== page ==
Browsing Libraries & Cultural Resources by Subject "Aboriginal Peoples"
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- ItemOpen AccessControlled Vocabulary and Indigenous Terminology in Canadian Arctic Legal Research(2019-12-22) Hoffman, NadineCataloguers apply subject headings at the time they catalogue an item. As such, newer, contemporary terms used now to describe Indigenous Peoples and cultures differ from older, historical terminology of the past. This chapter analyses appropriate contemporary and historical controlled vocabulary including Canadian Subject Headings (CSH) and indexes for case law from 1892, as well as the legal literature indexes used in Canadian legal research. Changes in library subject headings and legal index taxonomy reflect changes in social norms, database practices, legal definitions, and various jurisdictions of Indigenous Peoples, including those located in Arctic Canada. Vernacular changes for subject headings were faster to shift for the collective term describing Indigenous Peoples in Arctic Canada, Inuit who were originally called Eskimo, when compared with other Aboriginal populations, notably First Nations, originally called Indian, and Métis. Contemporary researchers of Inuit Peoples and culture are encouraged to adapt search strategies that reflect both historical and contemporary terminology to effectively retrieve relevant database results across time even when outdated search terms must be used.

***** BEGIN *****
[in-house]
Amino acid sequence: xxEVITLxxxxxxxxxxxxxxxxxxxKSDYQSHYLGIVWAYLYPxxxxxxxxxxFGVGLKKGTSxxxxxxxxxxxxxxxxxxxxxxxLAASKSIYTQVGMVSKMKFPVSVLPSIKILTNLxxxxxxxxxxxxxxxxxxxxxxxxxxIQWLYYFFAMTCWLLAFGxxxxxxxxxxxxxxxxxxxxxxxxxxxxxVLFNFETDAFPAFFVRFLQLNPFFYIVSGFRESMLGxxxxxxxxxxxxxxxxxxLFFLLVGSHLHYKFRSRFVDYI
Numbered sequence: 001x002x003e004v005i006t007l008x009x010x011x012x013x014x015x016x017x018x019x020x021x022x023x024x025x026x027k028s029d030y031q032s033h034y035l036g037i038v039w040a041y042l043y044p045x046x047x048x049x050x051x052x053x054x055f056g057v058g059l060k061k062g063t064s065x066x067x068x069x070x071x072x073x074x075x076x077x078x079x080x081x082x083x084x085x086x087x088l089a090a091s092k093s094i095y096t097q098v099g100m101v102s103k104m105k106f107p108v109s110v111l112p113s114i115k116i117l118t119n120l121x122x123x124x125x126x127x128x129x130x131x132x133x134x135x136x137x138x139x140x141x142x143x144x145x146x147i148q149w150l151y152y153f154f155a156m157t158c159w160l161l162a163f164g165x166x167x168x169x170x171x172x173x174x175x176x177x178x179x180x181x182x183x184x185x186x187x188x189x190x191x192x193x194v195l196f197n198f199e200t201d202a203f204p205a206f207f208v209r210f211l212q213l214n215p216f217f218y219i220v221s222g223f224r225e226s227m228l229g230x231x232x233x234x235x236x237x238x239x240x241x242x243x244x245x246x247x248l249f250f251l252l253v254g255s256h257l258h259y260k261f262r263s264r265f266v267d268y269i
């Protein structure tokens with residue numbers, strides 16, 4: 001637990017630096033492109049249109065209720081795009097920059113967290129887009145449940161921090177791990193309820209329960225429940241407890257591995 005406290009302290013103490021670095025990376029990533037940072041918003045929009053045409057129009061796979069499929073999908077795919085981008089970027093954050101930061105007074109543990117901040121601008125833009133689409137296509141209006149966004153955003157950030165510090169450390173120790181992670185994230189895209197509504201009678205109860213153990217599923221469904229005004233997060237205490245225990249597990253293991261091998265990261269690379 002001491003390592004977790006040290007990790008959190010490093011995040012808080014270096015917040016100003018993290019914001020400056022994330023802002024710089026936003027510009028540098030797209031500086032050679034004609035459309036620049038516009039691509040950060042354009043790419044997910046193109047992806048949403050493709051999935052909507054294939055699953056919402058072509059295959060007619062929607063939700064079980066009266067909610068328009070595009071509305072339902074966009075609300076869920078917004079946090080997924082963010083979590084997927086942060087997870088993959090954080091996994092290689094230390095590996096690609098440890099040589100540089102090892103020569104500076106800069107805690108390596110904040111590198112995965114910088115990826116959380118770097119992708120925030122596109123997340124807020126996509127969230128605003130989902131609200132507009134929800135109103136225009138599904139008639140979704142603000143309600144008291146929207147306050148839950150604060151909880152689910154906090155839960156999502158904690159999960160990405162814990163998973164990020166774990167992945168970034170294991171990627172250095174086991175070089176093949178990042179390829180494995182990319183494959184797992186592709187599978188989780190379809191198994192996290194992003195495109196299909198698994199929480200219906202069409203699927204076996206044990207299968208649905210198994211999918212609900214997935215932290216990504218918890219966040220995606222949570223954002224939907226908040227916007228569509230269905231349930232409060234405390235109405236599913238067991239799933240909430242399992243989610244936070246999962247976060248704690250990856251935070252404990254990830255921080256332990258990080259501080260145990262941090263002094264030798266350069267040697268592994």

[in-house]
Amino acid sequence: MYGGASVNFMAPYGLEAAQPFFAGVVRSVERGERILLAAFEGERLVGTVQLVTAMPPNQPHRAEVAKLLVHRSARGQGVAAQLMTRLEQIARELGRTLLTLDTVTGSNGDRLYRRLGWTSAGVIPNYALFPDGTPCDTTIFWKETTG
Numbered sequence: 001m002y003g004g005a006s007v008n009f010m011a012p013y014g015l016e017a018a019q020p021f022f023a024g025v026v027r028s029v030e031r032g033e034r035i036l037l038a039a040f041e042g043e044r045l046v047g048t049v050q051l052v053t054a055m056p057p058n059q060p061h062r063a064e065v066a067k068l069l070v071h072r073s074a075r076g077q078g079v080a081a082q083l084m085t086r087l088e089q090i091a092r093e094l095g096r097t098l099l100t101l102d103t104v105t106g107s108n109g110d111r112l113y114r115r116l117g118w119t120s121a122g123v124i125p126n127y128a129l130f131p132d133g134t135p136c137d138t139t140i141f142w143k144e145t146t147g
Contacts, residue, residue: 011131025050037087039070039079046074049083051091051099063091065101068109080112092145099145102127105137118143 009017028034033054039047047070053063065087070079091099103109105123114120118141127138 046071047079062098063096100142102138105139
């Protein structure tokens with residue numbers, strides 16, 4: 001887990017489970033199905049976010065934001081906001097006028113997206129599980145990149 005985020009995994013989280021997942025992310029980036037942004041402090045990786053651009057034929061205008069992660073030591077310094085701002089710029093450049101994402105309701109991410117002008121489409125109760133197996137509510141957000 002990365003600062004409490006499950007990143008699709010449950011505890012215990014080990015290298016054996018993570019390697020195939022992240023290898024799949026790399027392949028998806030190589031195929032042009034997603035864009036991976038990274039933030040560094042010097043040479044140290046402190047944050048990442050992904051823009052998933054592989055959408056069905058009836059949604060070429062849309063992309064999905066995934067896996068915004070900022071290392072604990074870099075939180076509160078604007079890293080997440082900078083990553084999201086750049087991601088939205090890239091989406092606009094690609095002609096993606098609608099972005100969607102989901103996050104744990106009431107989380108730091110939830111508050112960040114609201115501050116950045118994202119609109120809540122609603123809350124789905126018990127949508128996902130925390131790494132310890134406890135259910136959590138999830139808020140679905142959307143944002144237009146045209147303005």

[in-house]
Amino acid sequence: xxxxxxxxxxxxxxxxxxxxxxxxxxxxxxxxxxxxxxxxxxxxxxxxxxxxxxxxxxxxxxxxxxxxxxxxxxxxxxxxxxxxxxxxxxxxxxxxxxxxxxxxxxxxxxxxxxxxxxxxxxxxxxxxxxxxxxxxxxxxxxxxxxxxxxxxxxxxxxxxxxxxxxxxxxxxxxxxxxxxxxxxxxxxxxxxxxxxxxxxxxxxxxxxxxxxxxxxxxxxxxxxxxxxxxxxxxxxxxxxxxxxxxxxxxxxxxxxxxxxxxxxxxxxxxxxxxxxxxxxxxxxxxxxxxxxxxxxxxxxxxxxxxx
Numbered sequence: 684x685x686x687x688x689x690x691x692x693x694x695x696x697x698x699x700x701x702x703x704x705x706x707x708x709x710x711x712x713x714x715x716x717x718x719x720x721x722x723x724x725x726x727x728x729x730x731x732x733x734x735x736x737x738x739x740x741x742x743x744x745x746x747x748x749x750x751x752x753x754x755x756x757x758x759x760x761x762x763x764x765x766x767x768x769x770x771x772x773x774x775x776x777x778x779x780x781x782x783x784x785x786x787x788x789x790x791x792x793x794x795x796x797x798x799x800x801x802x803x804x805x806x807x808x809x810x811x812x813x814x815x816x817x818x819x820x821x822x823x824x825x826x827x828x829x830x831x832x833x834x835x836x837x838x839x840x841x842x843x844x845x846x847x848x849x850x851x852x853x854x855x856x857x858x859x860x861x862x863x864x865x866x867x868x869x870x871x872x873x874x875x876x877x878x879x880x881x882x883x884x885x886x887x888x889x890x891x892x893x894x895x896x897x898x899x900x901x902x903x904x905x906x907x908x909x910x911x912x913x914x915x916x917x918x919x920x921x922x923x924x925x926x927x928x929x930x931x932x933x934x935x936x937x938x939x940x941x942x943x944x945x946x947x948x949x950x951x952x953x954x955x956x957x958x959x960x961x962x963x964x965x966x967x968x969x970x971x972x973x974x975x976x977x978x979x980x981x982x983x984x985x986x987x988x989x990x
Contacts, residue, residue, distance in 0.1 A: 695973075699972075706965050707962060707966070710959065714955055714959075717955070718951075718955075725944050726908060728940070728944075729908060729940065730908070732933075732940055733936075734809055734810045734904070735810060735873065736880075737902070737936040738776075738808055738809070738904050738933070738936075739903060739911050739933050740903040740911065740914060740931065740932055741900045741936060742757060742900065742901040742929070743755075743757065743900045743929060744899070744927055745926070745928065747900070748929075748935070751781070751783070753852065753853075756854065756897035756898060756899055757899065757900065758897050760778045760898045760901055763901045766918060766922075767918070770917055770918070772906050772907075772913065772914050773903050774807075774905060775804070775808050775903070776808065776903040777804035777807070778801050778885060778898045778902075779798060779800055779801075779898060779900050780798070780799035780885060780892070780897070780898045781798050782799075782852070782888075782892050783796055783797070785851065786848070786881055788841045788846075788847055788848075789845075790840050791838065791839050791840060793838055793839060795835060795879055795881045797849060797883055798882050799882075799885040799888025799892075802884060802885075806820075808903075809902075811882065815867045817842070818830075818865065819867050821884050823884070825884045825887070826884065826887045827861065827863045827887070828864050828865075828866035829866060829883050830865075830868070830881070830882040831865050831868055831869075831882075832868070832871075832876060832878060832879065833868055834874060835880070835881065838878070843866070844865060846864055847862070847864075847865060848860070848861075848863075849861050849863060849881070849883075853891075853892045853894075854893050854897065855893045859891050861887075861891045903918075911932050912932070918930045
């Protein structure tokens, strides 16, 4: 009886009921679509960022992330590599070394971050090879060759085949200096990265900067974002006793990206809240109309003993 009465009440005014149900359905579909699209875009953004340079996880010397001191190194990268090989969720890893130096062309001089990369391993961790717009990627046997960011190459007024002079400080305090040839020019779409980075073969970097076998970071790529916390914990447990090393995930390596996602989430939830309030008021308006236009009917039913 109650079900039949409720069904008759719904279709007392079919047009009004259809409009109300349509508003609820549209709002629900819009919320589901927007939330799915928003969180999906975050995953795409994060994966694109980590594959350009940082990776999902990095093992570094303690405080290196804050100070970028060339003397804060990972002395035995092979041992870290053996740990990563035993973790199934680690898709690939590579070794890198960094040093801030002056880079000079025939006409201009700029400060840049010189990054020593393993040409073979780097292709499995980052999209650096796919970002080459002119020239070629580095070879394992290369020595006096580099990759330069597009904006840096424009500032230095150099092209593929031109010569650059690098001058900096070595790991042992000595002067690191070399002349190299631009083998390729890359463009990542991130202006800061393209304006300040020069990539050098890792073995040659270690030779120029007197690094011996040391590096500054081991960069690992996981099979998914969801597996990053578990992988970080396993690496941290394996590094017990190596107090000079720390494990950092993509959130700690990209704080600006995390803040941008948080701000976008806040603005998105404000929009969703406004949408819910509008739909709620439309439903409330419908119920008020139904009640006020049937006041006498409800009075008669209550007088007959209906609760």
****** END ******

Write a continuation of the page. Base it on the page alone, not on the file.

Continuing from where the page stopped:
- ItemOpen AccessEffective Indigenous Terminology in Canadian Legal Research for the Arctic(2017-06-09) Hoffman, NadineTerms used in today’s society to describe Indigenous Peoples and cultures are significantly different than historical terminology. Contemporary Arctic and Indigenous researchers will know current keywords to conduct their research, but may not be able to locate historical documents if they are not cognizant of the changing terms used throughout history. This paper will analyze appropriate contemporary and historical keywords in the context of Canadian legal research best practices. Keywords used to effectively find Aboriginal resources will illustrate changes in taxonomy reflecting changes in societal norms, database practices, legal definitions, and the various jurisdictions of Aboriginal Peoples. A survey of Canadian law libraries will be conducted to analyze subject headings found in library catalogues, legal indexes, and other primary and secondary resources. Given the interdisciplinary nature of law, this paper will be applicable to most Indigenous scholars across the Social Sciences and Humanities.